BMW dropping the top on its big daddy 8 Series coupe
Michael Taylor spotted the new BMW 8 Series convertible outside Munich
Soon after the debut of the BMW 8 Series coupe, we caught the Bavarian brand’s engineers testing the 8 Series convertible.
Its rough shape has been seen before in patent filings but we spotted a prototype on the autobahn near Munich, with its engineer enjoying the sunshine while testing the four-seater.
The big daddy coupe has already begun production at Dingolfing in Germany, and made its dynamic debut at the Goodwood Festival of Speed last week (Motor News took a ride up the famous hill in it), with deliveries due to start at the end of 2018 in some markets.
But the convertible has been harder to spot. Alongside the 8 Series Gran Coupe four-door, the convertible has been absent from BMW’s public statements.
The Gran Coupe, closely related to the M8 Grand Coupe Concept that stunned the 2018 Geneva Motor Show, is slated for production late in 2019. The two-door convertible may even beat the four-door coupe to production, but not by much.
While visibly identical to the coupe from the front end to the A-pillar, what we saw was a convertible that is unique from there to the back end. Where the coupe is long and sleek, the convertible moves to a flatter tail.
It has its own A-pillars, strengthened internally rather than externally to preserve the windscreen angle of the coupe, and sources suggest it has thicker windscreen glass, too.
The boot lid is flatter, without the need to accommodate a sloping rear glasshouse, though it finishes off with the same overbite flourish as the hardtop.
It retains the wind blocker system its predecessor also used, eschewing such wind diversion devices as Mercedes-Benz’s Air Cap to divert airflow up and over the cabin. This inevitably means the rear-seat occupants will find it fairly windy at speed.
There will also be a different silhouette from the coupe, with the folding cloth roof sliding back into a permanent slot beneath the boot lid and fixing in the up position with cloth buttresses joining the rear quarter panels on either side.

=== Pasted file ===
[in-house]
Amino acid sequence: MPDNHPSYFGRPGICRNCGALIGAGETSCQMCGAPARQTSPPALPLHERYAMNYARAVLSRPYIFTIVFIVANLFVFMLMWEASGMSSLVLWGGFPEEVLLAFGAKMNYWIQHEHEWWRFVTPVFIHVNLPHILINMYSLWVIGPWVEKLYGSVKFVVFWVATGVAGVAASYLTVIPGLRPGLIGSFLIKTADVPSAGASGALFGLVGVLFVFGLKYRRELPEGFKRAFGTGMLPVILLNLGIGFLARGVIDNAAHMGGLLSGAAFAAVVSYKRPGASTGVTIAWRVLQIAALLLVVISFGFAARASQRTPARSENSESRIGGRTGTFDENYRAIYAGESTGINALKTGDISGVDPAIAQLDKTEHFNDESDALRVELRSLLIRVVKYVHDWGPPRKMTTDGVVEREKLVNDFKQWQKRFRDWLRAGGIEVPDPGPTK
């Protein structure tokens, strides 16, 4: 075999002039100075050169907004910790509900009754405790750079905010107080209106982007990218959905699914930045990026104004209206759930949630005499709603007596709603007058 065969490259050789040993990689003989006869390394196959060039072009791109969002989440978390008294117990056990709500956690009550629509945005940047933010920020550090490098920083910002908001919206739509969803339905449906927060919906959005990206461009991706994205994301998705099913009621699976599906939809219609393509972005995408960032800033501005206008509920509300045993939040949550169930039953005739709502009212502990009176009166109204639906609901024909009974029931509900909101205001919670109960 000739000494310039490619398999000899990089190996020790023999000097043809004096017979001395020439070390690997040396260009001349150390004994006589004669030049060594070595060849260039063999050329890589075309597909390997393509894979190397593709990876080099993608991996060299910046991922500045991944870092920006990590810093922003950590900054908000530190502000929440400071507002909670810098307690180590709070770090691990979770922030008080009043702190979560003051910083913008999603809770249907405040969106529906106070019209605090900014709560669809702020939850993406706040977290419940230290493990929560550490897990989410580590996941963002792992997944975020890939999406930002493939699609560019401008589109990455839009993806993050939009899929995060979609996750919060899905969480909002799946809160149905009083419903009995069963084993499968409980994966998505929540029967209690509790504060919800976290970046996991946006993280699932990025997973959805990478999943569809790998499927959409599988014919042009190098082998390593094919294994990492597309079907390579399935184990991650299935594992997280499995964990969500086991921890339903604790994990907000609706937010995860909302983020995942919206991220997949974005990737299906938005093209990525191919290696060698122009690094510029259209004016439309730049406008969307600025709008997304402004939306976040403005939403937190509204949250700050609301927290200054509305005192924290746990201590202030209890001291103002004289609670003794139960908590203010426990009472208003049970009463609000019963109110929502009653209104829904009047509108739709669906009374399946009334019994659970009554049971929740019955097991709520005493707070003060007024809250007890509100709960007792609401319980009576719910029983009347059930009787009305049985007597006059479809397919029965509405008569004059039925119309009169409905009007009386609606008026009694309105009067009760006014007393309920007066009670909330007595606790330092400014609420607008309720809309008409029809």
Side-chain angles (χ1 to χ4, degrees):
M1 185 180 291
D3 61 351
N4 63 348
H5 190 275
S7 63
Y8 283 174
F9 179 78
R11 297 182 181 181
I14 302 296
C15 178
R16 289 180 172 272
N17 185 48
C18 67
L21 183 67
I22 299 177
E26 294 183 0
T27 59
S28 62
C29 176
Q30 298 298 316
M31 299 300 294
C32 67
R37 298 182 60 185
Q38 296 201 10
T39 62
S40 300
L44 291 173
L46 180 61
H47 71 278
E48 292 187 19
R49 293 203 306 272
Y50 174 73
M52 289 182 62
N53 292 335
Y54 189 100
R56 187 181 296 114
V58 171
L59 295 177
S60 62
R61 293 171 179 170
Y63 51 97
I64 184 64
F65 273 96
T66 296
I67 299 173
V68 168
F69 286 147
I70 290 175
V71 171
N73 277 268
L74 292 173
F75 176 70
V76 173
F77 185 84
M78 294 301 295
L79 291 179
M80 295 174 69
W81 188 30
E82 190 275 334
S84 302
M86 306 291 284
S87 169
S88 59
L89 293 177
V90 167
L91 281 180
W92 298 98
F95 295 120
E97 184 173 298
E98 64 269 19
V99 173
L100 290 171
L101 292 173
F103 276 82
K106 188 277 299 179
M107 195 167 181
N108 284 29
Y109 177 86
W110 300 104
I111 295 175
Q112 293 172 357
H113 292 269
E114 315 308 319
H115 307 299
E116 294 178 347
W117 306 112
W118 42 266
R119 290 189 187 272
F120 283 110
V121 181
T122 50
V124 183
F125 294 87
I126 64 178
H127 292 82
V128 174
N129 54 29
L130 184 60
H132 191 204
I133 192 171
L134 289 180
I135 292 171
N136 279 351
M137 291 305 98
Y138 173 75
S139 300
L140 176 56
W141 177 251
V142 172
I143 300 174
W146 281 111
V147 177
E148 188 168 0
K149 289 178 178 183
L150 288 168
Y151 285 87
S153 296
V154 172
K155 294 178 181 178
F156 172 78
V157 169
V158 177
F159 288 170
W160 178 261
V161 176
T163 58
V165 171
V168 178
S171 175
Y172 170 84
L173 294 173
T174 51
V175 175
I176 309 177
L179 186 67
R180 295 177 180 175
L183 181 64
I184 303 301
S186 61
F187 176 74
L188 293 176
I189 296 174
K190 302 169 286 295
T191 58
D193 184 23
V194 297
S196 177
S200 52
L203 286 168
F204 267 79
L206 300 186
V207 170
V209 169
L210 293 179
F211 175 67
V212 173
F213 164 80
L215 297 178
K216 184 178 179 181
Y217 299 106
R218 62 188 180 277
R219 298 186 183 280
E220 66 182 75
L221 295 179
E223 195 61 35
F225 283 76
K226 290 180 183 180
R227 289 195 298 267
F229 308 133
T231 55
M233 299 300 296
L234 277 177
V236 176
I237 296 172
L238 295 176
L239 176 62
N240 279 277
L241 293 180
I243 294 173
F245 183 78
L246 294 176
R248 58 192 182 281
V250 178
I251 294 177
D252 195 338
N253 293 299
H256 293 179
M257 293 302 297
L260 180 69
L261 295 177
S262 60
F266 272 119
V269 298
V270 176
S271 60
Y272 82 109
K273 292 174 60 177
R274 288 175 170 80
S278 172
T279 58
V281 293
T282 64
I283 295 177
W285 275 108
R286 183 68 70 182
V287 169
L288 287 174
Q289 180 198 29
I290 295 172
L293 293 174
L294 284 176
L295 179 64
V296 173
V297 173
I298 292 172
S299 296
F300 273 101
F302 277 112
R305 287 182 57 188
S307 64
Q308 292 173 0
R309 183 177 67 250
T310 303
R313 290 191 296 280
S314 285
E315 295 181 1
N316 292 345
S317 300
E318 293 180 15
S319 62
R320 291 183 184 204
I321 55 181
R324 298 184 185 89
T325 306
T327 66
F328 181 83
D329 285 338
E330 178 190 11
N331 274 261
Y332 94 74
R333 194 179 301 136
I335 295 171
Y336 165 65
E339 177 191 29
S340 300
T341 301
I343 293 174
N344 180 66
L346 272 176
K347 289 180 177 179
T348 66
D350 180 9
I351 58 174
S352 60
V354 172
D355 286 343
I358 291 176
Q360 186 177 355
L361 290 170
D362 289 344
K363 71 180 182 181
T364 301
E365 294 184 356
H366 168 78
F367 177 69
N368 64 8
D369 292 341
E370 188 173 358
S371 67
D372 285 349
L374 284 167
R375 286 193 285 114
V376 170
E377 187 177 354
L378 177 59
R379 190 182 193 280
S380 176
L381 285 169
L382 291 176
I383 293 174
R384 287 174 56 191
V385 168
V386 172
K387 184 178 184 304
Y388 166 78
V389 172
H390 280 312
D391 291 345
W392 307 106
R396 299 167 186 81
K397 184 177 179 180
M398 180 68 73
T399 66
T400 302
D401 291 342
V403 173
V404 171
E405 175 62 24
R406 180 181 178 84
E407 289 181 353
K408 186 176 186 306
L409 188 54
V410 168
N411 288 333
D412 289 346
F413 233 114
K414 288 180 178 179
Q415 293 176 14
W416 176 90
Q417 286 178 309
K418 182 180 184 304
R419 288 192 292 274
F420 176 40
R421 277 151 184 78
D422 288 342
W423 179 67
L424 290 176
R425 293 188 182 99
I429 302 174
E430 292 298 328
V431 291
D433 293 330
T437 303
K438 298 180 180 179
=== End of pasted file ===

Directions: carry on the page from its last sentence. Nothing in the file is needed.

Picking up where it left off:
The car we stumbled on used two fat exhaust pipes, indicating it was running the M850i xDrive powertrain, with 390kW of power and 750Nm of torque from its new 4.4l, twin-turbo V8. It’s claimed to hurl the hardtop to 100km/h in 3.7 seconds, so the convertible should reach the same in less than 4.3 seconds.
The diesel powertrain option of the new coupe, the 840d, should also sneak inside the cabriolet, with 680Nm of torque from the in-line six-cylinder motor, and fuel consumption should rise marginally from the claimed 6.2l/100km in the lighter hardtop form.
Both variants use eight-speed automatic transmissions hooked up to a variable all-wheel drive system that can switch quickly from a pure rear-drive stance into a grippier torque spread as needed.
Unlike the 6 Series convertible it replaces, the 8 Series version will sit on its own standalone platform, rather than rely on the 5 Series architecture.
It still employs a four-link front suspension and a five-link rear axle, riding on 20-inch wheels and tyres. It is expected to use the same suspension hardware as the M850i, right down to its variable damper control, electronically controlled dampers, adaptive power steering and limited-slip differential.
The coupe is 4,843mm long and the convertible will either shed or gain only single-digit millimetres from that figure, and will retain its 1,902mm width. It is slated to lose some of the coupe’s 420l boot capacity.
Inside, it uses the coupe’s 12.3-inch digital instrument cluster and stand-up 10.25-inch infotainment unit, while there are LED head and tail lights.